Archive for March 2016

March/April 2016 WOM


Welcome to Woodcarver Online Magazine Volume 20 Issue 2


Lazy Day

James But­lin, Hilton, NY

2015 CCA Nation­al Car­i­ca­ture Carv­ing Com­pe­ti­tion, Sin­gle Animal

Hel­lo, Friends in Carv­ing -

Wel­come to the sec­ond issue in the 20th year of Wood­carv­er Online Mag­a­zine.  This issue includes our annu­al pho­to gallery of the CCA 2015 Car­i­ca­ture Carv­ing Com­pe­ti­tion winners.

For those of you who attend the Day­ton Carvers Artistry In Wood event, if you haven’t heard, AIW will have a date and loca­tion change in 2016.  For more infor­ma­tion click the link on the AIW entry on the Events, Hap­pen­ings and Goings-On page

While mak­ing plans for the spring, don’t for­get the 50th Annu­al Inter­na­tion­al Wood­carvers Con­gress in June.  Entries for the com­pe­ti­tion may be mailed in or car­ried in.  There are still class­es avail­able, but some fill ear­ly.  Click the IWC ban­ner to the right for more information.

In this issue:

  • Pho­to Gallery - Car­i­ca­ture Carvers of Amer­i­ca 2015 Nation­al Car­i­ca­ture Carv­ing Com­pe­ti­tion Winners
  • Ol’ Don’s Draw­ing Table: Fries With That?
  • Pete LeClair: Cliffy
  •  Tools Sets  for Begin­ning Carvers by Susan Irish
  • Major Update to Events, Hap­pen­ings and Goings-On
  • Call For Pho­tos for future Celtic Art issue of WOM

As always, we wel­come your feed­back, ideas for arti­cles, etc.  Please use the con­tact form on the About page in the menu bar above.



Pho­to by Marc Feath­er­ly at IWC ’14

Matt Kel­ley


CCA 2015 National Caricature Carving Competition

Dunham-Steve-2Each year in August the Car­i­ca­ture Carvers of Amer­i­ca spon­sor the Nation­al Car­i­ca­ture Carv­ing Com­pe­ti­tion,  Judg­ing takes place at the home of the East­ern Wood­land Carvers Club in Con­verse IN. We are pleased to once again present a pho­to gallery of the Com­pe­ti­tion win­ners.  As always, pho­to gal­leries in WOM include large scale pho­tos of the win­ners so that you can get a close-up view of the work.

To view the 2015 win­ners click HERE or click the WOM menu item to go the the Gal­leries page.

The 2016 Nation­al Com­pe­ti­tion will occur in Con­verse on Thurs­day, August 18, 2015.  Cash prizes are giv­en to the three Best of Show win­ners, as well as first and sec­ond place in each group.   For more infor­ma­tion, vis­it the CCA home page HERE.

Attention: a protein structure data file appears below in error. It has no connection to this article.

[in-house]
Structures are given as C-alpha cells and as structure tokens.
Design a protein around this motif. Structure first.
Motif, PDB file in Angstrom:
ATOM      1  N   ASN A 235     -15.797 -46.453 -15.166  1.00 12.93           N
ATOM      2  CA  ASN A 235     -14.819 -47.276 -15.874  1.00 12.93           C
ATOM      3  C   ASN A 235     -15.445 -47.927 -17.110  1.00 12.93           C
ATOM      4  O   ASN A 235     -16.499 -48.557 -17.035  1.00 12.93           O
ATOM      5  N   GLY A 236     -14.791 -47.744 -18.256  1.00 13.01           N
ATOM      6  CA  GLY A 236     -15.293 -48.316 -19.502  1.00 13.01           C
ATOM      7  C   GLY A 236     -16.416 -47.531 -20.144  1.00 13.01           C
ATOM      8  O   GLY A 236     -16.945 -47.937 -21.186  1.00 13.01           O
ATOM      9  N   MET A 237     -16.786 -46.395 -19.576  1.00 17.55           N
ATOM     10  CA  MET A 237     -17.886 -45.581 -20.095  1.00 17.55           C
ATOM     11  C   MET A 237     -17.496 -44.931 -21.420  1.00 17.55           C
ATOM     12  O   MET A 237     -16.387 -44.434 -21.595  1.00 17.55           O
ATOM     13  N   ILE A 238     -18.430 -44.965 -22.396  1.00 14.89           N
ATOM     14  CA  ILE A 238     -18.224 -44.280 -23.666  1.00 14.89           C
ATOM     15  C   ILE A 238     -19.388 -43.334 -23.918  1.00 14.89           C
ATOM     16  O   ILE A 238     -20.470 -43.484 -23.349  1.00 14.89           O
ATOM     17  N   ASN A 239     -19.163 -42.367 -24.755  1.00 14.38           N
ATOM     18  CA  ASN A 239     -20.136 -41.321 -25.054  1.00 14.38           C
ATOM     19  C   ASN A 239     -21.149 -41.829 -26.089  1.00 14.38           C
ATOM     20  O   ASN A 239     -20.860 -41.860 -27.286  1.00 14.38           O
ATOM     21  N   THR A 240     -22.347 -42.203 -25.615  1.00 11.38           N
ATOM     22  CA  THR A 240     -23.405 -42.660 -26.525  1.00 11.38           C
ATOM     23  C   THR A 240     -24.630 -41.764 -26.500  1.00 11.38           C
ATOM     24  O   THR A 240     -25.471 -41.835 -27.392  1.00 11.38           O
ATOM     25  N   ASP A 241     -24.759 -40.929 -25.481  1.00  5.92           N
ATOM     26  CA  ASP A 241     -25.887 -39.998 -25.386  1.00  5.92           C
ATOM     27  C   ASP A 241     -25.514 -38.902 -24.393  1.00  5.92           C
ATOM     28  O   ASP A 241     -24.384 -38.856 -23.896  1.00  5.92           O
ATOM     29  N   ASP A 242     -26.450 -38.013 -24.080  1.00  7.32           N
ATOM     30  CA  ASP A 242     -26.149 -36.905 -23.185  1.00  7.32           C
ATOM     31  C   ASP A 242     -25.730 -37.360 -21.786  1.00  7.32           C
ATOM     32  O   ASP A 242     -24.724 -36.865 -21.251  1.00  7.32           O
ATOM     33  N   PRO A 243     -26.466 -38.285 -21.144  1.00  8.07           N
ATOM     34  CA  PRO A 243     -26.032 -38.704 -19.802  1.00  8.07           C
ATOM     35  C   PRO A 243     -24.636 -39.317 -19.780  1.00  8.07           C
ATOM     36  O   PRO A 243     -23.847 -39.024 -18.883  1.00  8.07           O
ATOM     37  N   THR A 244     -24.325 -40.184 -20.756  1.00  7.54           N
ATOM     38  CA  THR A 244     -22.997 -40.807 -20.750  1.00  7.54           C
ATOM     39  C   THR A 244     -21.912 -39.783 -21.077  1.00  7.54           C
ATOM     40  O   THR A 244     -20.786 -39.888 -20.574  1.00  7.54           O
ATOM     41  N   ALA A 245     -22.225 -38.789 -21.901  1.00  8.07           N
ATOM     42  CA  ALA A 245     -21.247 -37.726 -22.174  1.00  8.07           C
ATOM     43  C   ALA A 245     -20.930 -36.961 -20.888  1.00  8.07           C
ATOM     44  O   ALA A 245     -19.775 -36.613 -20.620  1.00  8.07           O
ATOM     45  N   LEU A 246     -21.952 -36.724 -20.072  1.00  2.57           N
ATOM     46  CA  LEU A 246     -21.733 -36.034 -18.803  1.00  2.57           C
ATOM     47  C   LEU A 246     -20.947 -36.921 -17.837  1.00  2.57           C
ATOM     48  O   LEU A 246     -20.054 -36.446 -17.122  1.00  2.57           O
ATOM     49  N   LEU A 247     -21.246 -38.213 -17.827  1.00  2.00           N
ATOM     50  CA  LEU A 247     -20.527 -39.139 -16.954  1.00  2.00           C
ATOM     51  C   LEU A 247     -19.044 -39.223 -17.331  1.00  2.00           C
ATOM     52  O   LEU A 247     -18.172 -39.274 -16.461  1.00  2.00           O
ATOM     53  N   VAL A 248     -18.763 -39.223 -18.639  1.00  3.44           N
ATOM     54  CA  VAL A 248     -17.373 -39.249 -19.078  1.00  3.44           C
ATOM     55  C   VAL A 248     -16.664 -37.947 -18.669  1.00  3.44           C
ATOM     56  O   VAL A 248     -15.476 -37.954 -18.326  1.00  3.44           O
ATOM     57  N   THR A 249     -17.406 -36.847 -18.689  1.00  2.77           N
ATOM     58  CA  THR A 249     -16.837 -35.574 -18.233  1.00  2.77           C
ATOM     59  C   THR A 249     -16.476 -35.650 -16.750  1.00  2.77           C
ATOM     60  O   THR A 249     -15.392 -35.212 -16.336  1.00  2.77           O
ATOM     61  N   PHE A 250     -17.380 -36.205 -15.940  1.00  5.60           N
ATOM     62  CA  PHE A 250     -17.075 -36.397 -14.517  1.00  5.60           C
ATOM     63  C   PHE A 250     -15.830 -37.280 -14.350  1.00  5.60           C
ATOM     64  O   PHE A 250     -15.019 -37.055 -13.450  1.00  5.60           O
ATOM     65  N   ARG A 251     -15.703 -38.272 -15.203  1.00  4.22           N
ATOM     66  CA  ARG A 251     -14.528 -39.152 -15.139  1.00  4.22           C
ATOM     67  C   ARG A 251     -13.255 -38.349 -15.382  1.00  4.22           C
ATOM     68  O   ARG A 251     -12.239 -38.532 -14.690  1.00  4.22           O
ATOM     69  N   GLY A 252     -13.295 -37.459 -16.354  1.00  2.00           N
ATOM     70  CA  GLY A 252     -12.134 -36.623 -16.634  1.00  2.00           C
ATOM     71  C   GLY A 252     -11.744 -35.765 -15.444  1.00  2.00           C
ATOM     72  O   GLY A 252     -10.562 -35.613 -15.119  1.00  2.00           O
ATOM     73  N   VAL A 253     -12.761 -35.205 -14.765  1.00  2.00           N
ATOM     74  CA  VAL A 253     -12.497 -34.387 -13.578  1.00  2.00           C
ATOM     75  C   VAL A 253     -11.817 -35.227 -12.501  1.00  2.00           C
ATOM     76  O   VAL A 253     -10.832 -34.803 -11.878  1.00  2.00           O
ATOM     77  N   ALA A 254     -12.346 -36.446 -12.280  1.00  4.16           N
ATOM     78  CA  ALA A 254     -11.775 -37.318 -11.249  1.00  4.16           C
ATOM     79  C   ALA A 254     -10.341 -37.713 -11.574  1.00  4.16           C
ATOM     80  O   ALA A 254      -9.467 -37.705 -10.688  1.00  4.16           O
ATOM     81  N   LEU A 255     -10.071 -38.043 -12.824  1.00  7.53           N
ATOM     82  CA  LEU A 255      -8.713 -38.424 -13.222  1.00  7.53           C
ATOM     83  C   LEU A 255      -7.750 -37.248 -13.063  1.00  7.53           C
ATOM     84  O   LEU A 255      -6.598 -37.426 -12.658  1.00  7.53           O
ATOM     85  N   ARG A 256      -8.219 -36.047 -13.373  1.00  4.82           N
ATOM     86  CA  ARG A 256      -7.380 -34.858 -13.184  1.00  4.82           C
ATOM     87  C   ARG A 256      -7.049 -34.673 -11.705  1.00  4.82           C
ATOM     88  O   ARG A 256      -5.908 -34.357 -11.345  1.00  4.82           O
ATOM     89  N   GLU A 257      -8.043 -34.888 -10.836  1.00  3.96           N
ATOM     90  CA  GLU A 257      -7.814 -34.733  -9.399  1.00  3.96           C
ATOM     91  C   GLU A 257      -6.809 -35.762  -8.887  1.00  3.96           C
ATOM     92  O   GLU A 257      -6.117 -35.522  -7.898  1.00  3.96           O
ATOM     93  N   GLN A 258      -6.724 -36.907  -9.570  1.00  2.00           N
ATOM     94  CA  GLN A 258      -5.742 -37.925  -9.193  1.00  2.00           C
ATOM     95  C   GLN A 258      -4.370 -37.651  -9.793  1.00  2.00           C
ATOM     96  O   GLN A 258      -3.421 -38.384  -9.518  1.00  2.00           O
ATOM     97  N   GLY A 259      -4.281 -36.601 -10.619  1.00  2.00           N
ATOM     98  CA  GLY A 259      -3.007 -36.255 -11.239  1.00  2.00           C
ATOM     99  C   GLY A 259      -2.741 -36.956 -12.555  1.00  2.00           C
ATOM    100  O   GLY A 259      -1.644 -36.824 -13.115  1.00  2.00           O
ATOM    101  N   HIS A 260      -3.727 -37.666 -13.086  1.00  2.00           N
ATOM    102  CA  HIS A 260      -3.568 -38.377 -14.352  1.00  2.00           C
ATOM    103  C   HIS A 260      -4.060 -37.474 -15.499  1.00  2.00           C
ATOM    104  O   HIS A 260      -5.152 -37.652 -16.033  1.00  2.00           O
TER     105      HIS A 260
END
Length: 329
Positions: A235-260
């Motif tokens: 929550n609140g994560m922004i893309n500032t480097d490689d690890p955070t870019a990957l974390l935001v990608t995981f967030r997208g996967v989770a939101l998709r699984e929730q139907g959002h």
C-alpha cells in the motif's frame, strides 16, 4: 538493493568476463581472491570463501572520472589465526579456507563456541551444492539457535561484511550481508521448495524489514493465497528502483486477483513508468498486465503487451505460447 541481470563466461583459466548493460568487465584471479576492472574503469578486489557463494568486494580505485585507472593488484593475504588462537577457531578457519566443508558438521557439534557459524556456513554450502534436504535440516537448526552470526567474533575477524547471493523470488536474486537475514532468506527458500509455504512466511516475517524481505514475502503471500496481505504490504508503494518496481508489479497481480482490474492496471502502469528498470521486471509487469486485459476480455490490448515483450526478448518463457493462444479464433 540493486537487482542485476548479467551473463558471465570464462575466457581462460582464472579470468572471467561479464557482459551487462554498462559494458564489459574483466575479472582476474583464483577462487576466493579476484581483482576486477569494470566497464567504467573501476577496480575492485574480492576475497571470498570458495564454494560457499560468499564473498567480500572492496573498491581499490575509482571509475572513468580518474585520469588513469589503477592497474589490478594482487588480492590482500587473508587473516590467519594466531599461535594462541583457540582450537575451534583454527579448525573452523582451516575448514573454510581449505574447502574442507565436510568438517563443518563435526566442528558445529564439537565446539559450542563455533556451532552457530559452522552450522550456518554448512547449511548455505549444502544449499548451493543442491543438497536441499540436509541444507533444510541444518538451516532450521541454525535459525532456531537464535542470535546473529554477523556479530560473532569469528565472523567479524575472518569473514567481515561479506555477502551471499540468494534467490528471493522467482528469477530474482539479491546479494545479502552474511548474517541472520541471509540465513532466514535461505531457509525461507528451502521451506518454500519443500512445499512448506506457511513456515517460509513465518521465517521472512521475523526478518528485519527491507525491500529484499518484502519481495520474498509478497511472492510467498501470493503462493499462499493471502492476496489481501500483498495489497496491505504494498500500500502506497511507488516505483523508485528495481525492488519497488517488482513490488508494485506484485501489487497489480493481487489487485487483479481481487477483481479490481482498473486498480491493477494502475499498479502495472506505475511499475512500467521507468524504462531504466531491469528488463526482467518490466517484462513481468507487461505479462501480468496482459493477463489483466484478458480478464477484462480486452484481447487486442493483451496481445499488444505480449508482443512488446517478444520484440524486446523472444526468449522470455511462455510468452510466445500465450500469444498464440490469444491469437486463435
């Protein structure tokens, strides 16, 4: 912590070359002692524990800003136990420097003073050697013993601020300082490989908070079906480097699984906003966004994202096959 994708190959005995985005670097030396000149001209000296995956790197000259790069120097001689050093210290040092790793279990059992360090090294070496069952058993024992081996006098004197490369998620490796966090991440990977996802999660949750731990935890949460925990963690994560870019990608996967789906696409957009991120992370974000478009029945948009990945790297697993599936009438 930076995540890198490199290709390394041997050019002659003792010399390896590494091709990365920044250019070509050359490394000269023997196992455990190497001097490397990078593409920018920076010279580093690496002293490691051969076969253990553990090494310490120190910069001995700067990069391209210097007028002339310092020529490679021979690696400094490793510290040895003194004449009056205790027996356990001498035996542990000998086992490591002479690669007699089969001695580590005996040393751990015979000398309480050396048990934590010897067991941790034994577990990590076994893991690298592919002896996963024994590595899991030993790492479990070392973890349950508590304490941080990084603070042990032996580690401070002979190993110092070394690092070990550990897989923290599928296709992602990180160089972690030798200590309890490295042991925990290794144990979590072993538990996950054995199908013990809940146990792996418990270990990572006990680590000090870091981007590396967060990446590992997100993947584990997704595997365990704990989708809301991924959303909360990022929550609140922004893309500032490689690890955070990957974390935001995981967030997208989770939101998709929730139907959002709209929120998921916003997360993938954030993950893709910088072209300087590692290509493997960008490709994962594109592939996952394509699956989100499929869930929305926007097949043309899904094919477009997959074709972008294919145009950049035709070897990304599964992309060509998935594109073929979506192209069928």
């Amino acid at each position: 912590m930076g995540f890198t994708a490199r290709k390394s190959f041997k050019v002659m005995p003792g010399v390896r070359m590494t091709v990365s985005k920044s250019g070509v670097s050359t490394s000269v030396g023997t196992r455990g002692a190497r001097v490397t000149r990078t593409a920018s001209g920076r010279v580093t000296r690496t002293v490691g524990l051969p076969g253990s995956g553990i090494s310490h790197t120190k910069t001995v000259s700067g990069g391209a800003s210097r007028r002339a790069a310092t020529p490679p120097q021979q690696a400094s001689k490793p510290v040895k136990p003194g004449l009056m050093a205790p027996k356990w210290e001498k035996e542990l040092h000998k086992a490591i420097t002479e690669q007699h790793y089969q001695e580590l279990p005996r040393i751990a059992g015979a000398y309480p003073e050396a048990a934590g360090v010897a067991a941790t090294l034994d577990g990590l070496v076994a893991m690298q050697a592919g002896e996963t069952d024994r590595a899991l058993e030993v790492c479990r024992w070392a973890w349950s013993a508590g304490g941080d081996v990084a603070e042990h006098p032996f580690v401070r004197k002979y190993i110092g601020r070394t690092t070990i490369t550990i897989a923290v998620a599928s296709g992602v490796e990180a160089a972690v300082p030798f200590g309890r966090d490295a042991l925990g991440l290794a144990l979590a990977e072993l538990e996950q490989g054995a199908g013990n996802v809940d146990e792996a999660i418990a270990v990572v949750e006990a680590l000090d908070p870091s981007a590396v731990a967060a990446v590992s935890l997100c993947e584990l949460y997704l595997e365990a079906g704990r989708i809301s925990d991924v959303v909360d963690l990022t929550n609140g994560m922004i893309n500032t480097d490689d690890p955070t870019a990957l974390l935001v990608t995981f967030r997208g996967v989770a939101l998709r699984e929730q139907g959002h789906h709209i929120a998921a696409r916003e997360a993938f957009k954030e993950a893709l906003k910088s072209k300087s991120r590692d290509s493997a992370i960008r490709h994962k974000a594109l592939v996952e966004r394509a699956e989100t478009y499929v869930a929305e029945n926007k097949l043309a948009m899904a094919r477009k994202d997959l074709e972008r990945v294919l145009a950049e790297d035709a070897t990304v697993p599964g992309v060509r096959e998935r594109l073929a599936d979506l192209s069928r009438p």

Beginner Tool Sets

Beginner’s Tool Sets

By Lora S. Irish

I am a real believe in begin­ner’s carv­ing tool sets for sev­er­al rea­sons.  Usu­al­ly we, Mike and I, sug­gest a basic five or six tool set for around $50 and a bench knife or chip knife as your first invest­ment into carv­ing.  So our begin­ners start with an invest­ment of less than $100.

There are sev­er­al forms of carv­ing where one or two tools are real­ly all you need to start our hob­by as fig­ure carv­ing or whit­tling with a bench knife or high qual­i­ty pock­et style knife — chip carv­ing where a chip knife and stab knife will do every­thing you need.  But those two tools — the bench knife/chip knife and stab knife — will not let you explore relief carving!

A basic begin­ner’s set with round gouges, chis­els, skews and v‑gouges will let a begin­ner try every style of carv­ing. After you have set­tled into your favorite style of carv­ing you may end up using just a few of the tools, so some may seem a waste of invest­ment.  For some rea­son I have nev­er got­ten com­fort­able with the skew chis­el?!? But hav­ing enough tool pro­files at the start of your hob­by gives you so much more vari­ety in carv­ing styles that I believe they are worth it.

I start­ed with wood spir­it walk­ing sticks and a bench knife was all I real­ly had to have.  Yet, some­how, I have end­ed up a relief carv­er and just a bench knife won’t get me very far into this form of carving.

With an inex­pen­sive (notice I did not say a CHEAP craft store set) begin­ner’s set you have at hand the basic tools for any carv­ing you might want to try.  As you devel­op you style, dis­cov­er your favorite vari­a­tion of carv­ing then add high qual­i­ty tools specif­i­cal­ly for your type of carv­ing.  But don’t throw that begin­ner’s set away as one day some­thing might catch you atten­tion and you will be delight­ed that you have them on hand.